By Kathy Finn
(Reuters) - A manhunt was underway in Tulsa, Oklahoma, on Saturday for a gunman involved in four shootings that left at least three people dead and two injured, authorities said.
The gunman, who was described as a white male in a white pickup truck, went on the killing spree in the predominantly black neighborhood of north Tulsa early on Friday morning, said Tulsa City Council member Jack Henderson.
"People are fearful," Henderson said. "They are afraid they can't walk down the street."
Both the FBI and the U.S. Marshals Service joined local police in a manhunt for the shooter, said Officer Jason Willingham, spokesman for the Tulsa Police Department.
The FBI was seeking to determine whether the shootings were a hate crime, said FBI spokesman Special Agent Clay Simmonds in Oklahoma City.
"This is now a manhunt," Henderson said. "They are working around the clock to bring this person to justice."
Eyewitnesses told police that as the shooter drove through the neighborhood around 1 a.m. on Friday, he stopped several people who were walking along a street to ask them for directions, Henderson said. The pedestrians spoke with the man but did not know the location he asked about and began walking away. As they stepped away, the driver shot at them, killing one, then sped away, Henderson said.
In another incident, the body of a man identified as William Allen, 31, was found lying in front of a funeral home, although it was not clear whether he was shot at that location, police said.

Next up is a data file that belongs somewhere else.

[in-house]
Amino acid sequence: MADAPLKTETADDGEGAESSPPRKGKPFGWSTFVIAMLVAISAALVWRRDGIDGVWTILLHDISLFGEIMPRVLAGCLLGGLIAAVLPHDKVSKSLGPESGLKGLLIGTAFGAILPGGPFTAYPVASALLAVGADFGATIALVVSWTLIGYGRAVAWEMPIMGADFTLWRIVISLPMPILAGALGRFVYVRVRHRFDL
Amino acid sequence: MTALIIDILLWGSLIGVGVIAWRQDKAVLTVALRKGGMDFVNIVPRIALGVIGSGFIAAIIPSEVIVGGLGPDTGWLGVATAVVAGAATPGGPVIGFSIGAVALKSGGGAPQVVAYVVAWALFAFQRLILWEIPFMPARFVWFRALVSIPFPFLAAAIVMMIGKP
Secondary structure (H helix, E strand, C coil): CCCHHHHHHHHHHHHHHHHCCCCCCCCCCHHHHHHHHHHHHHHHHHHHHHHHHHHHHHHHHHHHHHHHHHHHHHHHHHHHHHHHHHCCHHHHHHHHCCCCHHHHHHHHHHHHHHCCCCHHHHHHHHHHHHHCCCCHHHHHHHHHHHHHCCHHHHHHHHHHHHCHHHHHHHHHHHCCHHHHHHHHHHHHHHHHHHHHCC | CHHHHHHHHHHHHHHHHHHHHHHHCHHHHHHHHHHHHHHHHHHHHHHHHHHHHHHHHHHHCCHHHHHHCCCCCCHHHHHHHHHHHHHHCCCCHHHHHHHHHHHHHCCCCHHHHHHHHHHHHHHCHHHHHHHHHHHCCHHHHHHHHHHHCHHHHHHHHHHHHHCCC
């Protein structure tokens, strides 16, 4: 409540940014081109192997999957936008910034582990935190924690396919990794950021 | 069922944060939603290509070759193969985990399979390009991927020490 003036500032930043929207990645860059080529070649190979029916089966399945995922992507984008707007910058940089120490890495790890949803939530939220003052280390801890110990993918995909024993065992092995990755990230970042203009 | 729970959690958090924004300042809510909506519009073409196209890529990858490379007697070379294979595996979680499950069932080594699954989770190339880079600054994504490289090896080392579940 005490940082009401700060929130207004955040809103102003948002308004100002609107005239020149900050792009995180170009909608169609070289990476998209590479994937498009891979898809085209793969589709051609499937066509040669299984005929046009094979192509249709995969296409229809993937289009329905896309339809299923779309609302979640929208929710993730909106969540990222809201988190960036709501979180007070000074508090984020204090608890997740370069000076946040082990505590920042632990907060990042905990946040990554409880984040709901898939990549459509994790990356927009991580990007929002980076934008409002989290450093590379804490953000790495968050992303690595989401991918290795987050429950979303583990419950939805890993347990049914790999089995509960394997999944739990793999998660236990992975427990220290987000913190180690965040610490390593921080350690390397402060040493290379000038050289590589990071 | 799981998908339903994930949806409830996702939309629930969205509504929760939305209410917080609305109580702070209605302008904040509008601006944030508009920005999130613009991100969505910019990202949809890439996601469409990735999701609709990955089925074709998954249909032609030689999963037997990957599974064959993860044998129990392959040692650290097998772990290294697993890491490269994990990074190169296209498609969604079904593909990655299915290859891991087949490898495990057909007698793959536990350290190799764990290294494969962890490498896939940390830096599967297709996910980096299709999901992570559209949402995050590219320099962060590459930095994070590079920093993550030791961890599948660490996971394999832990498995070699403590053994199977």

The same gunman fired in four separate shooting incidents within a 1-mile (1.6-km) radius that left three dead and two injured, police said. Among the three dead were two men, identified as Allen and Bobby Clark, 54, and one woman, Dannaer Fields, 49.
The surviving victims told police that they were sitting in front of their house when a white Chevrolet pickup truck with rust spots on the hood pulled up and the driver asked for directions. After a brief exchange of information, the suspect produced a handgun and fired, striking both unidentified victims, and then drove off, police said.
Henderson urged his constituents to come together to help law enforcement find the suspect and to refrain from any "vigilante" or "race-riot type" of activity.
"There are groups of people who don't normally talk to police, for various reasons, but this is not the time for that," he said. "It's a time for people to come together to help."
The city's long history of racial tensions between the white and black communities was spotlighted by NAACP Tulsa area chapter president Warren Blakney but downplayed by Mayor Dewey Bartlett.
"We're very concerned about it, obviously, that some crazy person did something terrible," Bartlett said.
(Reporting by Kathy Finn in New Orleans; Editing By Barbara Goldberg and Sandra Maler)